Both the author and her fictional counterpart lost their father at their childhood, both were skillful poets who were distinguished for wining prices and scholarships, and somehow similar to Esther, Sylvia went through electroshock therapy and went missing after a suicide attempt, thereafter she was hospitalized for psychotherapy.
Doreen's intrinsic vulgarity and triviality are symbolized by her fluffy cotton candy blonde hair, which is, on close inspection, dark at the roots. When, to take the novel's most striking example, Esther breaks her leg skiing, Buddy and the world at large regard her broken leg as the most normal of accidents.
The novel's flashbacks make clear that Esther has always played those roles others have wanted her to play. The time she spent at the psychiatric wards of the first two different hospitals did nothing to alleviate her suffering; however, the initiative that Philomena Guinea, the woman who sponsored her college scholarship, took to take her to a private psychiatric institution assisted her in coming out of her depressed state.
The Bell Jar makes apparent the oppressive force at least for women of the model of separative selfhood which dominates patriarchal culture. It observes the processes of perception and action. Doctorow] on Amazon.
Therefore, this act must be looked at differently from some other issues of modern freedoms, or even ideas surrounding the right to die with dignity. It is beautifully ironic that Sylvia Plath, who never heard of Women's Liberation A daughter in an asylum!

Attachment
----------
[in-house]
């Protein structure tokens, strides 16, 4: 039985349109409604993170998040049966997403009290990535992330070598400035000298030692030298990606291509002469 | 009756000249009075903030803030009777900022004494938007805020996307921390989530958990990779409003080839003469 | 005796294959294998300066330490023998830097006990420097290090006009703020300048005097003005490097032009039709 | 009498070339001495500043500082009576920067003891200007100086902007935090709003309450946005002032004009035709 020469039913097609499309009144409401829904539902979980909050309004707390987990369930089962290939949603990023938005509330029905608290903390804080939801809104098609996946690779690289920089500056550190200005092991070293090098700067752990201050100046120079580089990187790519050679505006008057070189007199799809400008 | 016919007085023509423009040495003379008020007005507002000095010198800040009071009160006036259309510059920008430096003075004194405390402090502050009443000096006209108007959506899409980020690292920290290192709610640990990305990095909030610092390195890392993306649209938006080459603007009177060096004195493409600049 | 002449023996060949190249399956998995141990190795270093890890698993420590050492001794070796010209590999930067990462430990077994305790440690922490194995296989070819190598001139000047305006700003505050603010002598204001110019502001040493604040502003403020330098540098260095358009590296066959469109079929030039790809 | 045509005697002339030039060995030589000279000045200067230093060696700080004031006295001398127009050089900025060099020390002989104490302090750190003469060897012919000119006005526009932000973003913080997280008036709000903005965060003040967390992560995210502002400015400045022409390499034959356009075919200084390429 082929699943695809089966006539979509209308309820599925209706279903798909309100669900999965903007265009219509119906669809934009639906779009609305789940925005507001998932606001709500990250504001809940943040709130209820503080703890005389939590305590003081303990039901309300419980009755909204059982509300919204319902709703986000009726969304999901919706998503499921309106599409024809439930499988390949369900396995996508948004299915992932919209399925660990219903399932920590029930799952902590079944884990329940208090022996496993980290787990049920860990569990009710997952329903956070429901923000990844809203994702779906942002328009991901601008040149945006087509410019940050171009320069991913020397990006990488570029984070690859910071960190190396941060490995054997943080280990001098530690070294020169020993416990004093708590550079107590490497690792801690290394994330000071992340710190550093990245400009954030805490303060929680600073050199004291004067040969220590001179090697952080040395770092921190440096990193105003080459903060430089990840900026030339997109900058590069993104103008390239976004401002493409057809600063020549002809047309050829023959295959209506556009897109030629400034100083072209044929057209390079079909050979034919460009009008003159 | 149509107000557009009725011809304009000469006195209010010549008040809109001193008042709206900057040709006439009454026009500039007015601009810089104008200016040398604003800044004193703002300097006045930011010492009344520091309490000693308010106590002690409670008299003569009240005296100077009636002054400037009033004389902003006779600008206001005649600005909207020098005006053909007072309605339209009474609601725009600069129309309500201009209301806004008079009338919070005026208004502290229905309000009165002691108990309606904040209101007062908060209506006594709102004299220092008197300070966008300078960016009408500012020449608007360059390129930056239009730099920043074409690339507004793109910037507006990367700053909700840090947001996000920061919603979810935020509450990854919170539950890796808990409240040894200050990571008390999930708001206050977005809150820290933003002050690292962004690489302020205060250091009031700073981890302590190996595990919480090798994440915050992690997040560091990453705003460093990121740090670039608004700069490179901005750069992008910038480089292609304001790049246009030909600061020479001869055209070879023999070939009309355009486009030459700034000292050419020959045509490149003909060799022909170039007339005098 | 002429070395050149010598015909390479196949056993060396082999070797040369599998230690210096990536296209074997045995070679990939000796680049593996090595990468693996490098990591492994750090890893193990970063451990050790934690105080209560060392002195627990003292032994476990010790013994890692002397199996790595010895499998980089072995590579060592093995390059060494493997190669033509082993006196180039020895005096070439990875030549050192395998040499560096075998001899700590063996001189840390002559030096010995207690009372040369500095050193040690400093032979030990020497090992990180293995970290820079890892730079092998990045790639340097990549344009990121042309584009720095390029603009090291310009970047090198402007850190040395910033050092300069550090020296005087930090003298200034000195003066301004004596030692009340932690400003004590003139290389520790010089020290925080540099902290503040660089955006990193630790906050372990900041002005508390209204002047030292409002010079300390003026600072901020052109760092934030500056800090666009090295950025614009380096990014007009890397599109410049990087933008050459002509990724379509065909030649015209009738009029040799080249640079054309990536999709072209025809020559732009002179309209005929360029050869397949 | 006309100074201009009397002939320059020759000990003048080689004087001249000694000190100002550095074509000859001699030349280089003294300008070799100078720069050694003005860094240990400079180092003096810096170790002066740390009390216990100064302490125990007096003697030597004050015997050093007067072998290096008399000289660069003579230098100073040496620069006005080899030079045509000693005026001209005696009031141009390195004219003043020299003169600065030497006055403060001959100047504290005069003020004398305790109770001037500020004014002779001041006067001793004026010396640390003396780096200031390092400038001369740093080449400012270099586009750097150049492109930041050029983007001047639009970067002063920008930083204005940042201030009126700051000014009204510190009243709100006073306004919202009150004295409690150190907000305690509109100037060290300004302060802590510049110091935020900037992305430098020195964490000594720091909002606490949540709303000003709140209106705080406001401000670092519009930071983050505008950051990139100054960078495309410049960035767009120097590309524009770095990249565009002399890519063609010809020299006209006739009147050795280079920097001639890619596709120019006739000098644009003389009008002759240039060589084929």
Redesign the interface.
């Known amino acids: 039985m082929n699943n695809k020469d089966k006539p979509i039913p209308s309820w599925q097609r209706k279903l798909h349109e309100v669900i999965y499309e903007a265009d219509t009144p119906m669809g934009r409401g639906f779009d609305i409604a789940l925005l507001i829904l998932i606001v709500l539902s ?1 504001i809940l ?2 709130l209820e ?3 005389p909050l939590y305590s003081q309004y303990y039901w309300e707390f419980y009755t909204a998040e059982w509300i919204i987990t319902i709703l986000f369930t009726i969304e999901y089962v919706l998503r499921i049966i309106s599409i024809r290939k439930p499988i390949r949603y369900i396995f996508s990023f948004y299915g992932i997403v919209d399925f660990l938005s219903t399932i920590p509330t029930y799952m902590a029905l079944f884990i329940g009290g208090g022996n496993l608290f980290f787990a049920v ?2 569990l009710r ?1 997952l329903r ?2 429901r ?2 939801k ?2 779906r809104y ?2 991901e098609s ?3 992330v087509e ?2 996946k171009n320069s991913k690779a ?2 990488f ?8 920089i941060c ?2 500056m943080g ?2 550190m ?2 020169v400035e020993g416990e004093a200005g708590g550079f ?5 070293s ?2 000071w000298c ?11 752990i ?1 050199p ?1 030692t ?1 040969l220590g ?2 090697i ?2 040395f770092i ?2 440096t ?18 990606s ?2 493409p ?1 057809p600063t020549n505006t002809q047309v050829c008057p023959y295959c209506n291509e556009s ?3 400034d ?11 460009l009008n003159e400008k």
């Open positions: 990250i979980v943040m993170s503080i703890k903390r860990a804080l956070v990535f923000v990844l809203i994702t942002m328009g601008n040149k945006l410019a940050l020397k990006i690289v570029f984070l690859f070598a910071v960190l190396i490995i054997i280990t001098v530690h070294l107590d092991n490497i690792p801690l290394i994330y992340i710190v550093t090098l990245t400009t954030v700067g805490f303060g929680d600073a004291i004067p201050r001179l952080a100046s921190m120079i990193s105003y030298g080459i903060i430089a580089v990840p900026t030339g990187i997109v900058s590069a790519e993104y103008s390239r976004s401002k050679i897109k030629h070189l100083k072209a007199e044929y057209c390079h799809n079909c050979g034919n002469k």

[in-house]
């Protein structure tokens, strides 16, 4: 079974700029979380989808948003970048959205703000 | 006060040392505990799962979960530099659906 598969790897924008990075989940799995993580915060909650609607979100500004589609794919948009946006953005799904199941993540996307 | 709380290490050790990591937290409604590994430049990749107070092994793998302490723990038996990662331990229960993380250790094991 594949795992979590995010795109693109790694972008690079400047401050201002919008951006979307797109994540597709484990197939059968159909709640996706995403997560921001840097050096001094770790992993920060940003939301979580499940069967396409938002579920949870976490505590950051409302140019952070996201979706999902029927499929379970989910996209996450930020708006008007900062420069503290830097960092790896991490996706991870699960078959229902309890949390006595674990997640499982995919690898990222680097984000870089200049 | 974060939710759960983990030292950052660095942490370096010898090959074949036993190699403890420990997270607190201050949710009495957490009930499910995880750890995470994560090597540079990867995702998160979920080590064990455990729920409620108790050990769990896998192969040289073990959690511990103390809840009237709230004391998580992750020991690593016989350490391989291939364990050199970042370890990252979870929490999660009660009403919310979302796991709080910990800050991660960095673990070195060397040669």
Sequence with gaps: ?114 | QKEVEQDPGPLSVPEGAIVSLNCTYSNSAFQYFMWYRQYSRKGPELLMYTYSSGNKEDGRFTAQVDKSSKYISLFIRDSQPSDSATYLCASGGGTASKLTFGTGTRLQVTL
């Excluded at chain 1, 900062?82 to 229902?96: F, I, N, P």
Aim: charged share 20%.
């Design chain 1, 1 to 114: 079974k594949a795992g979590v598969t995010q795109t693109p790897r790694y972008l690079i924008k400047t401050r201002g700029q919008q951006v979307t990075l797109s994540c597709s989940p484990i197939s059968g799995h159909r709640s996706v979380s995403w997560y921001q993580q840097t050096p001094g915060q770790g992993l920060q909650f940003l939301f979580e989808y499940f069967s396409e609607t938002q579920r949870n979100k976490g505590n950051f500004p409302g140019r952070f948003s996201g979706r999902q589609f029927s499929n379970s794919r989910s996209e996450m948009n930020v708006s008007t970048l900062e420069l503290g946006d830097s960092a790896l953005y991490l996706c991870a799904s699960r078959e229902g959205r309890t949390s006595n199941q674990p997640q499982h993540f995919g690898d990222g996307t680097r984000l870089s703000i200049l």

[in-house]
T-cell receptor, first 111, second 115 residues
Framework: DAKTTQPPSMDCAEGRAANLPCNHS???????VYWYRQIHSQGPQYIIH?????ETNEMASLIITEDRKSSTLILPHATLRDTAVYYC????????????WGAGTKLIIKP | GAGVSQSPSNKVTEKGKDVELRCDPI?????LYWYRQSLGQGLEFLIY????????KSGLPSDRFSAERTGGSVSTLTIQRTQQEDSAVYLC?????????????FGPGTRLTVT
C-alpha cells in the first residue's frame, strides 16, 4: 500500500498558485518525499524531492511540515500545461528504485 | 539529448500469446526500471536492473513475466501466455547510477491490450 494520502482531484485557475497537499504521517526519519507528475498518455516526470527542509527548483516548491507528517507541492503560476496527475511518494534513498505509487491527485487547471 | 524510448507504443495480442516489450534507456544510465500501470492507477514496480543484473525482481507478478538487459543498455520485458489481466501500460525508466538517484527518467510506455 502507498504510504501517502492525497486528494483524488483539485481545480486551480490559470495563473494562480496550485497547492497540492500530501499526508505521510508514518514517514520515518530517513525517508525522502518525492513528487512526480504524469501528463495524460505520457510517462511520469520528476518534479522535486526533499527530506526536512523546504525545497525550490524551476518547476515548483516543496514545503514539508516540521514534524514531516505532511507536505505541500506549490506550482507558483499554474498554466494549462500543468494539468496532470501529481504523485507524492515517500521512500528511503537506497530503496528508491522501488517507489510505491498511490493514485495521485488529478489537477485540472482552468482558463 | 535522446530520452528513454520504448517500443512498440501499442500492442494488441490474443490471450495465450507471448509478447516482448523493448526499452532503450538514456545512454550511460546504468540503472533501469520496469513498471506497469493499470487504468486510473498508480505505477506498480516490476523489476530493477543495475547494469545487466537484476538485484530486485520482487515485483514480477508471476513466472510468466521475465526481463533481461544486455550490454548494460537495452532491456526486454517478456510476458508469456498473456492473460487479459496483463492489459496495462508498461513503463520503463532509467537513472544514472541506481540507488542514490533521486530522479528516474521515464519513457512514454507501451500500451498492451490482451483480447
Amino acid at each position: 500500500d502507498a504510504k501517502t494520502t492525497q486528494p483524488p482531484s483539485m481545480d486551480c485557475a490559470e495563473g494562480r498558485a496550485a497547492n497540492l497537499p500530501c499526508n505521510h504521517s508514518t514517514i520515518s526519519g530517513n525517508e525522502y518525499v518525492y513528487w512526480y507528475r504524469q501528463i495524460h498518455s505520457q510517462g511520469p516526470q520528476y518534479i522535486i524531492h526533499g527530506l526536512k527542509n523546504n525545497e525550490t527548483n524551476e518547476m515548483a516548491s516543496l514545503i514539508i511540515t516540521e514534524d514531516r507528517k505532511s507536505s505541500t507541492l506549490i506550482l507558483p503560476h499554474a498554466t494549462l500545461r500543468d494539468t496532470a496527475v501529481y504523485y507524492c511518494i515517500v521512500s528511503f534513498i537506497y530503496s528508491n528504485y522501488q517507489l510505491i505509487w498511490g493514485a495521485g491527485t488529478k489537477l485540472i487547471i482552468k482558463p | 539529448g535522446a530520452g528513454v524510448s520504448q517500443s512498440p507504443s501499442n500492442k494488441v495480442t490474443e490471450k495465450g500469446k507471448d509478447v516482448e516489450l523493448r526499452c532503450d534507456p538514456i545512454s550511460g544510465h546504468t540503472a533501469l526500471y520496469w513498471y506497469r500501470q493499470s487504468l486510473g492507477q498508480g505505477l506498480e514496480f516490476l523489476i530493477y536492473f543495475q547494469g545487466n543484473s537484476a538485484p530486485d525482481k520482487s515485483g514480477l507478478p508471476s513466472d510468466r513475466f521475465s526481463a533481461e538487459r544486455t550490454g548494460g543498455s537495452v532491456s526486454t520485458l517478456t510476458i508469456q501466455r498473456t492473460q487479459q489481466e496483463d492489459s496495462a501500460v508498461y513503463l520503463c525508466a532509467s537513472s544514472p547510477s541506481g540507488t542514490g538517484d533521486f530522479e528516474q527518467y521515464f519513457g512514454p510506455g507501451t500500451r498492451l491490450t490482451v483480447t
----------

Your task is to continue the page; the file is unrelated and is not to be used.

Contemporary feminist theory has questioned the validity of the separative model of selfhood, but literary critics have brought to the novel the same assumptions about the self which inform Plath's book. Her bitter relationship with her mom coupled with her dismissal from the summer writing program increased her emotions of alienation and despair for the rest of the summer period.
In the first half of the novel, the pervasive imagery of dismemberment conveys the alienation and self-alienation leading to Esther's breakdown and suicide attempt. My mother had taught shorthand and typing to support us ever since my father died, and secretly she hated it and hated him for dying and leaving no money because he didn't trust life insurance salesmen.